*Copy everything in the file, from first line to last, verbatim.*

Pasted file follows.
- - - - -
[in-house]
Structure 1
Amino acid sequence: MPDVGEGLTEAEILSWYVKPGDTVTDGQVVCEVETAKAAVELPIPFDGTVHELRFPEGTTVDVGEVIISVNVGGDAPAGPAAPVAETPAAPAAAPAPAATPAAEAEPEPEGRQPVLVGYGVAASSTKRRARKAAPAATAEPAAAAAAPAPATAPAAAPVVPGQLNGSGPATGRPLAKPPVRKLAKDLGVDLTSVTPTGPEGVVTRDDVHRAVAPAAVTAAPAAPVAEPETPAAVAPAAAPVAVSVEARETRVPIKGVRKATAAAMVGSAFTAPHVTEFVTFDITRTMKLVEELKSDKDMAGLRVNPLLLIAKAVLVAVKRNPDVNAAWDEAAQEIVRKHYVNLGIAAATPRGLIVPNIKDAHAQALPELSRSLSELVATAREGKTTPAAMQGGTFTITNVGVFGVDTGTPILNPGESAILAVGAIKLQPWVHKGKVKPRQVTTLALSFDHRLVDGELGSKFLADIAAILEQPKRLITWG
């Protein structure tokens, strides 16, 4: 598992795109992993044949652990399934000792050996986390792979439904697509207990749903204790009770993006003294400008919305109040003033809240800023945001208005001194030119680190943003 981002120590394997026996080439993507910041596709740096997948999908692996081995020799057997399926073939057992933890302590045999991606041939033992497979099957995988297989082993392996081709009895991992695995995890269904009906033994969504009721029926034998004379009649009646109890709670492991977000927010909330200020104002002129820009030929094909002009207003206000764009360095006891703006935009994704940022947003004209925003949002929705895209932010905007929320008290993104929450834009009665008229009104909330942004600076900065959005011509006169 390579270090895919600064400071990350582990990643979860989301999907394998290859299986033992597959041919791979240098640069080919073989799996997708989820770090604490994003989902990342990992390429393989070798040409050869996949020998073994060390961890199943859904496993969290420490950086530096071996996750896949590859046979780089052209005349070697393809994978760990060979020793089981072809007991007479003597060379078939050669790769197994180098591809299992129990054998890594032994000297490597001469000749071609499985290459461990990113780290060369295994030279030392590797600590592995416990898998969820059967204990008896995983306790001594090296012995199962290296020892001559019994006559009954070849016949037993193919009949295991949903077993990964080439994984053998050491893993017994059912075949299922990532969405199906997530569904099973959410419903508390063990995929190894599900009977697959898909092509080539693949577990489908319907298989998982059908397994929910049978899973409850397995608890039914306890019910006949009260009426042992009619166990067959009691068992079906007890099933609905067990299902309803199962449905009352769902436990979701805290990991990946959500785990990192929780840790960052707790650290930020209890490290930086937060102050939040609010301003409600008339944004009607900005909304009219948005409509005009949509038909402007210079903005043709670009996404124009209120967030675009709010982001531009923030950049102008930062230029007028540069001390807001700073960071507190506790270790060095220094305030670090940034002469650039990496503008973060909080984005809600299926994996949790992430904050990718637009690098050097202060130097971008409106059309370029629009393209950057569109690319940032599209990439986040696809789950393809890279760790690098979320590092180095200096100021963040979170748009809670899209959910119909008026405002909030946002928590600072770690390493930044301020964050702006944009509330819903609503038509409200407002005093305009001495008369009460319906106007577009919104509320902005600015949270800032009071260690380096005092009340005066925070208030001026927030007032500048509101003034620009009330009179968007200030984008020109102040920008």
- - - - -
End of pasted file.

[in-house]
Structure 1
Amino acid sequence: MPDVGEGLTEAEILSWYVKPGDTVTDGQVVCEVETAKAAVELPIPFDGTVHELRFPEGTTVDVGEVIISVNVGGDAPAGPAAPVAETPAAPAAAPAPAATPAAEAEPEPEGRQPVLVGYGVAASSTKRRARKAAPAATAEPAAAAAAPAPATAPAAAPVVPGQLNGSGPATGRPLAKPPVRKLAKDLGVDLTSVTPTGPEGVVTRDDVHRAVAPAAVTAAPAAPVAEPETPAAVAPAAAPVAVSVEARETRVPIKGVRKATAAAMVGSAFTAPHVTEFVTFDITRTMKLVEELKSDKDMAGLRVNPLLLIAKAVLVAVKRNPDVNAAWDEAAQEIVRKHYVNLGIAAATPRGLIVPNIKDAHAQALPELSRSLSELVATAREGKTTPAAMQGGTFTITNVGVFGVDTGTPILNPGESAILAVGAIKLQPWVHKGKVKPRQVTTLALSFDHRLVDGELGSKFLADIAAILEQPKRLITWG
């Protein structure tokens, strides 16, 4: 598992795109992993044949652990399934000792050996986390792979439904697509207990749903204790009770993006003294400008919305109040003033809240800023945001208005001194030119680190943003 981002120590394997026996080439993507910041596709740096997948999908692996081995020799057997399926073939057992933890302590045999991606041939033992497979099957995988297989082993392996081709009895991992695995995890269904009906033994969504009721029926034998004379009649009646109890709670492991977000927010909330200020104002002129820009030929094909002009207003206000764009360095006891703006935009994704940022947003004209925003949002929705895209932010905007929320008290993104929450834009009665008229009104909330942004600076900065959005011509006169 390579270090895919600064400071990350582990990643979860989301999907394998290859299986033992597959041919791979240098640069080919073989799996997708989820770090604490994003989902990342990992390429393989070798040409050869996949020998073994060390961890199943859904496993969290420490950086530096071996996750896949590859046979780089052209005349070697393809994978760990060979020793089981072809007991007479003597060379078939050669790769197994180098591809299992129990054998890594032994000297490597001469000749071609499985290459461990990113780290060369295994030279030392590797600590592995416990898998969820059967204990008896995983306790001594090296012995199962290296020892001559019994006559009954070849016949037993193919009949295991949903077993990964080439994984053998050491893993017994059912075949299922990532969405199906997530569904099973959410419903508390063990995929190894599900009977697959898909092509080539693949577990489908319907298989998982059908397994929910049978899973409850397995608890039914306890019910006949009260009426042992009619166990067959009691068992079906007890099933609905067990299902309803199962449905009352769902436990979701805290990991990946959500785990990192929780840790960052707790650290930020209890490290930086937060102050939040609010301003409600008339944004009607900005909304009219948005409509005009949509038909402007210079903005043709670009996404124009209120967030675009709010982001531009923030950049102008930062230029007028540069001390807001700073960071507190506790270790060095220094305030670090940034002469650039990496503008973060909080984005809600299926994996949790992430904050990718637009690098050097202060130097971008409106059309370029629009393209950057569109690319940032599209990439986040696809789950393809890279760790690098979320590092180095200096100021963040979170748009809670899209959910119909008026405002909030946002928590600072770690390493930044301020964050702006944009509330819903609503038509409200407002005093305009001495008369009460319906106007577009919104509320902005600015949270800032009071260690380096005092009340005066925070208030001026927030007032500048509101003034620009009330009179968007200030984008020109102040920008």